Post in 'The Wood Shed' started by Stateguy, Jan 23, 2013.
if you have bark on the wood is it stacked face up or face down
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Depends on who u ask, there are some on this site that feel strongly for both methods. Personally I stack it whatever way it fits in the stack.
I don't think it matters . . . but that said . . . I almost always seem to stack it with the bark up.
I have read, bark side down or the bark traps moisture. True? Don't know.
I stack it every which way. On one of my stacks, I was out of tarps to top cover, so I kept the top row bark side up acting as shingles.
While I'm new to this, I stack whatever way fits with a preference for bark down. My thought process is that the bark seems quicker to suck in and retain moisture. So I'm trying to keep the rain off of it as much as possible.
And it is very possible I've got it all wrong
I stack like WellSeasoned does.
Yeah, I pay absolutely no attention to which way the bark is in the stack. Only time I give the bark any attention is when it is falling off and it needs to go into the bark pile for later disposal.
Bark down....dare to be different. Top row, bark up....for a walk on the wild side.
Or stack it any way that it fits. I'm sure there is a good reason for each method but in the long run, say 2 years or more, your wood will dry no matter which way you stack as long as it is off the ground and in the sun and wind.
i feel that is you stack bark side down and the bark separates from the wood than water can puddle up in the concave part of the bark. if you top cover then this is a non-issue. now i have been told that bark side down allows the moisture to rise up out of the wood. who is to say that moisture can only rise? perhaps bark to the side avoids any questions? i think we have spent too much time thinking about it already. darn OCD....
If true then you would not want bark side down! If bark side up, then moisture can get out.
EDIT: I tend to stack most of our wood bark side up but some are on the sides too and occasionally you'll find one bark side down. Still, most are bark up.
one of my dad's friends used to strip bark from every piece of wood after he split...he now has a gas stove where his wood one used to be. He said it's too much work. My dad used to try and convince him that he did not need to strip all of the bark...but you can't teach an old dog too many new tricks.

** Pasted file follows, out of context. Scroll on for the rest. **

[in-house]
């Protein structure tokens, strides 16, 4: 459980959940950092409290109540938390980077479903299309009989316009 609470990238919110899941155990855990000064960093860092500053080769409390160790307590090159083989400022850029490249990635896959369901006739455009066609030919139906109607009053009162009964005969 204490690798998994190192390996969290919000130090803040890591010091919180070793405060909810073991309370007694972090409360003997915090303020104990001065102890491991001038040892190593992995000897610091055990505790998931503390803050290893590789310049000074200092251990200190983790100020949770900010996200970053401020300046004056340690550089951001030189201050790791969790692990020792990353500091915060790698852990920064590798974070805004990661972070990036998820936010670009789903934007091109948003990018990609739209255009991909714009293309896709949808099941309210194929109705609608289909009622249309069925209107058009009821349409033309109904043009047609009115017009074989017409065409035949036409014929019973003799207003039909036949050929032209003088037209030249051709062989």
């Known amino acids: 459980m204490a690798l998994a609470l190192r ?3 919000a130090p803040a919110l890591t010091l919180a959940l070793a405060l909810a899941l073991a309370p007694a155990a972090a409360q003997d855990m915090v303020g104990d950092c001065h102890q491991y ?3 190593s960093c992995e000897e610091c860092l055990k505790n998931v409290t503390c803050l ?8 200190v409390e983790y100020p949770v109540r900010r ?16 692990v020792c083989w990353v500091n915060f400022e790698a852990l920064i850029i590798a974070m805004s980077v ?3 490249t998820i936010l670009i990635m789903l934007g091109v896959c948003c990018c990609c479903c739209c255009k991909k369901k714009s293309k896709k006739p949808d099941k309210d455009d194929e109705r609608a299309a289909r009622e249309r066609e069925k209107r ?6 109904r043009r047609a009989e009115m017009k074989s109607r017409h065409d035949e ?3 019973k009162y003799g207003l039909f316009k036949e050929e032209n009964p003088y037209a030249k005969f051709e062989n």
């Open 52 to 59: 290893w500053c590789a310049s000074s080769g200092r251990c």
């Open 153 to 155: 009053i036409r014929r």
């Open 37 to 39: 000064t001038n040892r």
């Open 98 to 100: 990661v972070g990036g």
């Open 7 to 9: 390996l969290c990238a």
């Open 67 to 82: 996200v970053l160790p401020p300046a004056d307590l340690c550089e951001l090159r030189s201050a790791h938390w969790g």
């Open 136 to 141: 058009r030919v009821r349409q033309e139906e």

I put the wood however it fits best in the stack. If the bark is falling off at any point, it goes to the dump in the compost area. If it makes it into the house attached...then into the stove it goes
If you stack all your wood bark side down all your
sharp pie shaped pieces will be laying ontop of each pointy
piece. This would lend towards an unstable stack of wood.
As you can see I gave this a great deal of thought.
I read the info about bark side down in The Axe Book from the Swedish ax company Gransfors Bruks. They also said to peel off a strip of bark on any unsplit rounds to enhance drying. Not every last bit but at least a strip.
On the lower levels of a stack, I usually go with the best fit (with some allowance for bark up). On upper levels, I always go with bark up. Always struck me that the bark would protect the wood from getting wet.
This is a lot like the Budweiser commercial where the fans turn the bottle labels toward the filed.If it works, whatever it takes.
Yep, I always give the wood stacks a high five when I walk by them to help them dry quicker and I angle the rear view mirrors of the cars toward the wood stacks so that when the sun hits the mirrors it will be reflected toward the wood stacks and dry them that much quicker. Same goes for the vehicle exhaust. I try to get it as close to the wood stacks so the extra heat will help.
All that, and my oak is still 31%. Cannot imagine how wet it would still be if I had not done all that.
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